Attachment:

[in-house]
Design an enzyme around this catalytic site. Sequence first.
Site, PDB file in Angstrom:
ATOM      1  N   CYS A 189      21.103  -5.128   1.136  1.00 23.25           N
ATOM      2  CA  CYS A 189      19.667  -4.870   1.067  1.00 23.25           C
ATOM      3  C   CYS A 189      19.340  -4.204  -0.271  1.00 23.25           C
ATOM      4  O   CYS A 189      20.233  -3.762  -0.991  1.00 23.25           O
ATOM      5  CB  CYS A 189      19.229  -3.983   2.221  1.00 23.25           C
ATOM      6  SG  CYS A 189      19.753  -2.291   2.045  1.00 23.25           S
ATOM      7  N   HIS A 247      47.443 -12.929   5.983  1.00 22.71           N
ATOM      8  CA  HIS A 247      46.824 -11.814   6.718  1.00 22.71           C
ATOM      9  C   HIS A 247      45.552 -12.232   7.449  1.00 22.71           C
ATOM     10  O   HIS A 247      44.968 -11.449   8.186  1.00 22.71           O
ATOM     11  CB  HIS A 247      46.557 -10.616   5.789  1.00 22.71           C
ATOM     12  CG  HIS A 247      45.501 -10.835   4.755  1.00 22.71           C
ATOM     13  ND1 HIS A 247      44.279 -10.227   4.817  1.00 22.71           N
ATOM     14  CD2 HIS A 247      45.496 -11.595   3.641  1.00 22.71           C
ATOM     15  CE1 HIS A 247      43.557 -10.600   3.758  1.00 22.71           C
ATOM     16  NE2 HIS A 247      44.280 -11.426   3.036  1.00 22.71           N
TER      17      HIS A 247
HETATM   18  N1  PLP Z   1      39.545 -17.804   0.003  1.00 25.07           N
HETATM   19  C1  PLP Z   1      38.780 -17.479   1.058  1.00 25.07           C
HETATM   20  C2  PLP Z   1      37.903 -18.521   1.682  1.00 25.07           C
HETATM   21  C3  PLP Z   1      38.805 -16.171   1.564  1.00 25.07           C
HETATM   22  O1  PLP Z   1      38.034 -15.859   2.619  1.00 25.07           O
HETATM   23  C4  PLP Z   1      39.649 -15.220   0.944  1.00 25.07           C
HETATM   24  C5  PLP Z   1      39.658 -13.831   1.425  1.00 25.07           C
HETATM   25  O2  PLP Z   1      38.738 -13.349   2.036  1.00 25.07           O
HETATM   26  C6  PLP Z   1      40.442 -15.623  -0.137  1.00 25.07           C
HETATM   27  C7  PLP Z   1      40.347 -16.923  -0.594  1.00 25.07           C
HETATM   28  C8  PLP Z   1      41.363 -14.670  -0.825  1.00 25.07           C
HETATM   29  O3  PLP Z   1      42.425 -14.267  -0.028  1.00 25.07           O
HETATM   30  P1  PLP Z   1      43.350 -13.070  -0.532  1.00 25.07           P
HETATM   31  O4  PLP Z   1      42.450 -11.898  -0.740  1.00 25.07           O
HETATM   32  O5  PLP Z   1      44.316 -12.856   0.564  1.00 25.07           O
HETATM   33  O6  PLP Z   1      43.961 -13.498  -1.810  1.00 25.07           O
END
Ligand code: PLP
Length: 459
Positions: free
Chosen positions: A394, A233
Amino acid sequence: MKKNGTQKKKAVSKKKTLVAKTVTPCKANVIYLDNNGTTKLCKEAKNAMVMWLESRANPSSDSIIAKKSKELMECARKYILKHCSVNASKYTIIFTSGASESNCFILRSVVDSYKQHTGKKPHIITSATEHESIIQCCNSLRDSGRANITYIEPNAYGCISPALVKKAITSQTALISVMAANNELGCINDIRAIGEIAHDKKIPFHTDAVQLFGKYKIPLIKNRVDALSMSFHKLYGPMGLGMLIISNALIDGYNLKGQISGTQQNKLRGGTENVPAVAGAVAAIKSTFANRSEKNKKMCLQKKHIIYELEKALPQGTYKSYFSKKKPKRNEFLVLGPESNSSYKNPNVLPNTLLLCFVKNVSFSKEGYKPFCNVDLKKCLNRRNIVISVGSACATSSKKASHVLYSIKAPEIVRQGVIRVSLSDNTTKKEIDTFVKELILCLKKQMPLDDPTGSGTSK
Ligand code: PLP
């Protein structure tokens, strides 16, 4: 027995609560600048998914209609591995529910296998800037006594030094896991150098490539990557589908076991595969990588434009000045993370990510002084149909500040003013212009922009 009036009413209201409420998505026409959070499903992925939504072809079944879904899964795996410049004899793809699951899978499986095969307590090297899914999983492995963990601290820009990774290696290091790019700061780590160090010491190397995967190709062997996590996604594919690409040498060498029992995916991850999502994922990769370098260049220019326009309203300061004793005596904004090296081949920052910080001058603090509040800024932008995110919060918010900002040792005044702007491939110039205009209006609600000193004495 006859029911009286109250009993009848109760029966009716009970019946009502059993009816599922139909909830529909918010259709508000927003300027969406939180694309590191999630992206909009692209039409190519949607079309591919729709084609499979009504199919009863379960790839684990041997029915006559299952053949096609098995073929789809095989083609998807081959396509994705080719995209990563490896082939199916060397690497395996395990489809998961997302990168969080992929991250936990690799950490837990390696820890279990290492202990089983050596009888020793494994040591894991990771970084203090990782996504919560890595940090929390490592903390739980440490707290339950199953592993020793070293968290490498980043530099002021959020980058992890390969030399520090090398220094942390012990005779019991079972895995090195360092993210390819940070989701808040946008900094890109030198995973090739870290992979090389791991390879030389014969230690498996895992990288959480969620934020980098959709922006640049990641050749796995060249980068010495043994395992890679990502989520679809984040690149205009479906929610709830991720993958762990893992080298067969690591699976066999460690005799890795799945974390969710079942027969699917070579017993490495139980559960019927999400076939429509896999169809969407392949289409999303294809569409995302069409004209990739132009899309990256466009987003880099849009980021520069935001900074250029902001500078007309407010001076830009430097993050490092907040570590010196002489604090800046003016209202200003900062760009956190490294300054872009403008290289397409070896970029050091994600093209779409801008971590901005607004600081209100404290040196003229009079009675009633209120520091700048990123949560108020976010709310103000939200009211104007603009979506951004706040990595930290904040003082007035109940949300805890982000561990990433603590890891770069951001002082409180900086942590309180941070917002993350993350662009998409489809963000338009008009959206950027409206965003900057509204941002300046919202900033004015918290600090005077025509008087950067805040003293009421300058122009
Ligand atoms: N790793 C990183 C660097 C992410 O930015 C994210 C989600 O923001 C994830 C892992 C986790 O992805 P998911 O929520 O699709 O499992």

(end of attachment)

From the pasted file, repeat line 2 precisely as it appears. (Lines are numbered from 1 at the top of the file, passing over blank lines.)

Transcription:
Design an enzyme around this catalytic site. Sequence first.